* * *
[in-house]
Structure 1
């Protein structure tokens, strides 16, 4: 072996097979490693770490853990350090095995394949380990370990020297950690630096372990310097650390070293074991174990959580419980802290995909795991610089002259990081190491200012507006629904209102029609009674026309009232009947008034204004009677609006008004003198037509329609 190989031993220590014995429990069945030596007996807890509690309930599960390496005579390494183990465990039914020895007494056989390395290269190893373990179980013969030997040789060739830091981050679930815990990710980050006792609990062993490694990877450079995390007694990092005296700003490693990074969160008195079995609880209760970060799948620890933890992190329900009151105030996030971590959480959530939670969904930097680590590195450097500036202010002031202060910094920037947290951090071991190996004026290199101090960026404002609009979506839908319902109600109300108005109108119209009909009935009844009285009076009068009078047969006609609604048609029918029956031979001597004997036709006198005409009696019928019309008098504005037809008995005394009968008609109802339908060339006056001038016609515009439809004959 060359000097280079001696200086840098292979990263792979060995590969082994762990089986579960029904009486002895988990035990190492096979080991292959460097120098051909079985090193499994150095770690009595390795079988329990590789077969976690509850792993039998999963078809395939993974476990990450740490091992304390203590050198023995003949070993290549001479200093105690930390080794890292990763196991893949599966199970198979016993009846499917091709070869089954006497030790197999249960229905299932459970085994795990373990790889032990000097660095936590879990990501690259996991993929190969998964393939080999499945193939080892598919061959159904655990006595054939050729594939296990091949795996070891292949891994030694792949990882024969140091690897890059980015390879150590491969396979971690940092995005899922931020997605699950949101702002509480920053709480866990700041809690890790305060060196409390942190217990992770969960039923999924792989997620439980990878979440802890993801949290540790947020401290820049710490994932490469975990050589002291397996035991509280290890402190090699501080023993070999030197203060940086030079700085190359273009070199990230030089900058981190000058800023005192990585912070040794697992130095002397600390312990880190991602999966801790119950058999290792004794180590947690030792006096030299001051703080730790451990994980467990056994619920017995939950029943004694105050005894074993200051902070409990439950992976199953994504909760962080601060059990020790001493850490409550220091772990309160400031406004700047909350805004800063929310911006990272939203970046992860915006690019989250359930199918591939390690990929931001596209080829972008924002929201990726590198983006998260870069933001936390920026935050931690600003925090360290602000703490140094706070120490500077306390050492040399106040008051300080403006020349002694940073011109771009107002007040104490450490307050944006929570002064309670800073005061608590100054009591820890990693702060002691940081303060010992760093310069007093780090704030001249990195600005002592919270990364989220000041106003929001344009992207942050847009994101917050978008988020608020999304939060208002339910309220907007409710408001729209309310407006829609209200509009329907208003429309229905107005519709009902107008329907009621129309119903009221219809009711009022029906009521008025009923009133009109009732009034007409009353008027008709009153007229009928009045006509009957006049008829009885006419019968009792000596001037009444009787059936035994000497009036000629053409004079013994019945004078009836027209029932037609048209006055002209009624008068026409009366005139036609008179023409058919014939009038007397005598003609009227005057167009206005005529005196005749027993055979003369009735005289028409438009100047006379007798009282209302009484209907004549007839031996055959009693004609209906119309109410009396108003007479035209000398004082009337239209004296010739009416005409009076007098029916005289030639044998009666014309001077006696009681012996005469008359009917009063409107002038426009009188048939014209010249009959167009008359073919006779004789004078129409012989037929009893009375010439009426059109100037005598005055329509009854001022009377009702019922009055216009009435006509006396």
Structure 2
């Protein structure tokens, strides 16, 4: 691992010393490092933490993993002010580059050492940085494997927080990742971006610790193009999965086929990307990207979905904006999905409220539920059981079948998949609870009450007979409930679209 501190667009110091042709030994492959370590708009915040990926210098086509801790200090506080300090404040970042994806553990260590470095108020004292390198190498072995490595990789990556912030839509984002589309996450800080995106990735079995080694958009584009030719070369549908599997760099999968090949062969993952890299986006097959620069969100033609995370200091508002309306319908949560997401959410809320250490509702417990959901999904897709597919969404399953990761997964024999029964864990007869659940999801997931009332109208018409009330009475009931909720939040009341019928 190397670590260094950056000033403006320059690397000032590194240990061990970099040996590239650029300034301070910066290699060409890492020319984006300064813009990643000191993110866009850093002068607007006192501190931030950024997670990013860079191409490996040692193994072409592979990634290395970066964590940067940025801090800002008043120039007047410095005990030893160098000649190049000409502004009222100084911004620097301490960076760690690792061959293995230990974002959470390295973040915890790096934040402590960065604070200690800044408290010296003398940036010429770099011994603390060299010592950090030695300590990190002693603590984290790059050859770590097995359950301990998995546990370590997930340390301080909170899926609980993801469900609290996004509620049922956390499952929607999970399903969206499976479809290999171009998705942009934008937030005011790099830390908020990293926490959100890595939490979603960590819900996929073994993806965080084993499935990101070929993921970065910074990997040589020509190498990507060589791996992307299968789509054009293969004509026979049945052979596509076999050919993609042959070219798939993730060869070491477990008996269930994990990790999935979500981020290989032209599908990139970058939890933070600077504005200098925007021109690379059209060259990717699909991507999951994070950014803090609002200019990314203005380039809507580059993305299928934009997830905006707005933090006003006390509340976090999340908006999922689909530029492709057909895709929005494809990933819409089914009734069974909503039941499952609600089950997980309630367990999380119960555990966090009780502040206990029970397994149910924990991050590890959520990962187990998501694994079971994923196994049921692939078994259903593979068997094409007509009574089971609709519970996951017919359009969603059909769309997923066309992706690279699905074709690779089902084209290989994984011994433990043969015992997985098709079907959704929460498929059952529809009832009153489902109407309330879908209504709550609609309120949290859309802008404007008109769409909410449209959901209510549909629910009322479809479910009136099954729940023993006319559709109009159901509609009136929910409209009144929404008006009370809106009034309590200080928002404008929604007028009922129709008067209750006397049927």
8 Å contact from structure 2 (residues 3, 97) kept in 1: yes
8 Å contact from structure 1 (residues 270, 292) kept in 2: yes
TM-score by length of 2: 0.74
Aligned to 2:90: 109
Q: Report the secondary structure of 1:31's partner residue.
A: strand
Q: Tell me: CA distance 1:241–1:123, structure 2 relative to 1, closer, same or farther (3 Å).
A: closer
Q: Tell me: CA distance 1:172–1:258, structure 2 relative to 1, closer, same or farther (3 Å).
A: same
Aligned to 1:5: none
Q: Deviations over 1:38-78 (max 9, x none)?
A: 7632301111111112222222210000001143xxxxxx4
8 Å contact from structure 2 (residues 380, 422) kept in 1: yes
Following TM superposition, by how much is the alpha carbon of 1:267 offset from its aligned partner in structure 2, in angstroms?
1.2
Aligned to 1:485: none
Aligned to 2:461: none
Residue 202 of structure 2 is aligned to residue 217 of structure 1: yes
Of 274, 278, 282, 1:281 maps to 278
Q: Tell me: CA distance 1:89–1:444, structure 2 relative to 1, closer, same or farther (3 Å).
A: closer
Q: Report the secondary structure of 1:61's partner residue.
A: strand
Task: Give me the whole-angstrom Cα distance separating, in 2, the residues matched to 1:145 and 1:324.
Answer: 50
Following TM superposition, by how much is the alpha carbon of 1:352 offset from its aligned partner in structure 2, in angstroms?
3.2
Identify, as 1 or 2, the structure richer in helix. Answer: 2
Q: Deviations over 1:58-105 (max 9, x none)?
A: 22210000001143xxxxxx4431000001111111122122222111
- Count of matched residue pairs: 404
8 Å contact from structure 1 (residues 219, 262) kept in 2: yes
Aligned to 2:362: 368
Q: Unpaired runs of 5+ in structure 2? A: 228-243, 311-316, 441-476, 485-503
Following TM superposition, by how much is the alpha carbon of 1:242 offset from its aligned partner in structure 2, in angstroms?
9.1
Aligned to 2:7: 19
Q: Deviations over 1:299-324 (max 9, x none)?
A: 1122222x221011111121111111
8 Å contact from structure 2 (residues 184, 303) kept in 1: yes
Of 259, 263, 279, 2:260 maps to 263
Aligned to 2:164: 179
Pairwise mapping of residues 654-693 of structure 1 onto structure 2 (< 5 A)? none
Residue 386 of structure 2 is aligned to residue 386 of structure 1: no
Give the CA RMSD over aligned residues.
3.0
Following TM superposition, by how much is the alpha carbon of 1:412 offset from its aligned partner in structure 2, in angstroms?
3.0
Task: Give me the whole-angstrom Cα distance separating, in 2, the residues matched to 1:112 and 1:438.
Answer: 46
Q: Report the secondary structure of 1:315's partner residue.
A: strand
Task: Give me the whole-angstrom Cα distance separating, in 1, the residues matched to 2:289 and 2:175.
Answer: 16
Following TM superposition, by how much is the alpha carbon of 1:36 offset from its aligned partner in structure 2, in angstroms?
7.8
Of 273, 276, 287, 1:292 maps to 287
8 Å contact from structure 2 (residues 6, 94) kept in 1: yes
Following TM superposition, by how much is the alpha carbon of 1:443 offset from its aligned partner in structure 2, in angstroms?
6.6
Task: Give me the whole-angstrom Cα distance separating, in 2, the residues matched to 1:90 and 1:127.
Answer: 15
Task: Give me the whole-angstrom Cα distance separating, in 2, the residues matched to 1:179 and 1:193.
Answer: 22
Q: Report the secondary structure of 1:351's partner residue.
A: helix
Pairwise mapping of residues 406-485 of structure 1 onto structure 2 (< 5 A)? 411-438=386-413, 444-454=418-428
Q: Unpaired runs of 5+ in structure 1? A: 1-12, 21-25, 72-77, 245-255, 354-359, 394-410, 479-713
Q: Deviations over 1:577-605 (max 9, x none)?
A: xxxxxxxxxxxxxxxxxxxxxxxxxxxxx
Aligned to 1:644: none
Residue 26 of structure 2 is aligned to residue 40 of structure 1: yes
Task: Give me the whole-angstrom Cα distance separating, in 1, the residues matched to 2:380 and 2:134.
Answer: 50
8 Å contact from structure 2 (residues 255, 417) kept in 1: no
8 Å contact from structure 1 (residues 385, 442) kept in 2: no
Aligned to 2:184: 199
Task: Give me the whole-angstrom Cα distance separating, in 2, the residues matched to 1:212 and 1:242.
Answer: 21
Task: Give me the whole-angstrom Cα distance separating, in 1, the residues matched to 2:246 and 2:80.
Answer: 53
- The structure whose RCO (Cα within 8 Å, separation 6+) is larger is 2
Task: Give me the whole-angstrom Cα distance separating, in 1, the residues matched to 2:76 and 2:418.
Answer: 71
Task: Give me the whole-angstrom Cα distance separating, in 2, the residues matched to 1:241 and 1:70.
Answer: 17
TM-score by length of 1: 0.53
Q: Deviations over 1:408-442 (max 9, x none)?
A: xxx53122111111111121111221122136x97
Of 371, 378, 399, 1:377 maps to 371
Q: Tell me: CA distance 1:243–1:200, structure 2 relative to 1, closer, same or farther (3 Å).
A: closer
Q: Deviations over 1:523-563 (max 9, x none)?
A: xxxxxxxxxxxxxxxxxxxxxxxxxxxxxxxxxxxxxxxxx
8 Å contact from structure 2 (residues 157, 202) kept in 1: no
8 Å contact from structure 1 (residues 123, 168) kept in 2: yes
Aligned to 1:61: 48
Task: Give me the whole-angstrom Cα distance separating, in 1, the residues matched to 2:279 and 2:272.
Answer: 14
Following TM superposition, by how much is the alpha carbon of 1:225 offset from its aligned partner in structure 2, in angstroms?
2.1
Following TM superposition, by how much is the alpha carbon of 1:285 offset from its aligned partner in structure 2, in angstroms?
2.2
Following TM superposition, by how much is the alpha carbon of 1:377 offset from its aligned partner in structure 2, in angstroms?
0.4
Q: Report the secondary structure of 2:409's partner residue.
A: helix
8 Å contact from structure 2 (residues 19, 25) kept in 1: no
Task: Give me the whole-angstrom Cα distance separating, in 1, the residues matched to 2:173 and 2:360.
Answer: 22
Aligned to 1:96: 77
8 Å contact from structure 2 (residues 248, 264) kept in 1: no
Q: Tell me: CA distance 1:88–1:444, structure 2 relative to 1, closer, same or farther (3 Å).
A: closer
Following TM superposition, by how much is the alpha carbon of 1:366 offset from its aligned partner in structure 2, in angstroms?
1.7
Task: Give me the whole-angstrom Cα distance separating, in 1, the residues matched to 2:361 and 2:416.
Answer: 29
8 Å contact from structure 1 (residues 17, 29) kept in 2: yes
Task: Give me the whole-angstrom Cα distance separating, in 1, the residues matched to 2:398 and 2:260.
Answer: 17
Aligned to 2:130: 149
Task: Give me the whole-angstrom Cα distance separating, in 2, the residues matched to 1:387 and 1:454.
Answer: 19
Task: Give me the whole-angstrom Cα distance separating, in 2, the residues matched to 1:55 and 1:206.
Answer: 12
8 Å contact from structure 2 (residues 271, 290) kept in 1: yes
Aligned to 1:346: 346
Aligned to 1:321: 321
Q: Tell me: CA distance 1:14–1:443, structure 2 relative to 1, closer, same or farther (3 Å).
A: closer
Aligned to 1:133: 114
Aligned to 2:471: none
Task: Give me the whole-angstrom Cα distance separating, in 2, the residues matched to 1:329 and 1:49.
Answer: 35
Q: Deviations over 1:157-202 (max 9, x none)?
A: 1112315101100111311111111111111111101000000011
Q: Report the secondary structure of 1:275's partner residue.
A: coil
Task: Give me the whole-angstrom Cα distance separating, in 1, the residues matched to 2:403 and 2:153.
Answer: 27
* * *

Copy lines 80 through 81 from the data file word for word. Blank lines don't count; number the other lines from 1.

Answer: 50
8 Å contact from structure 2 (residues 255, 417) kept in 1: no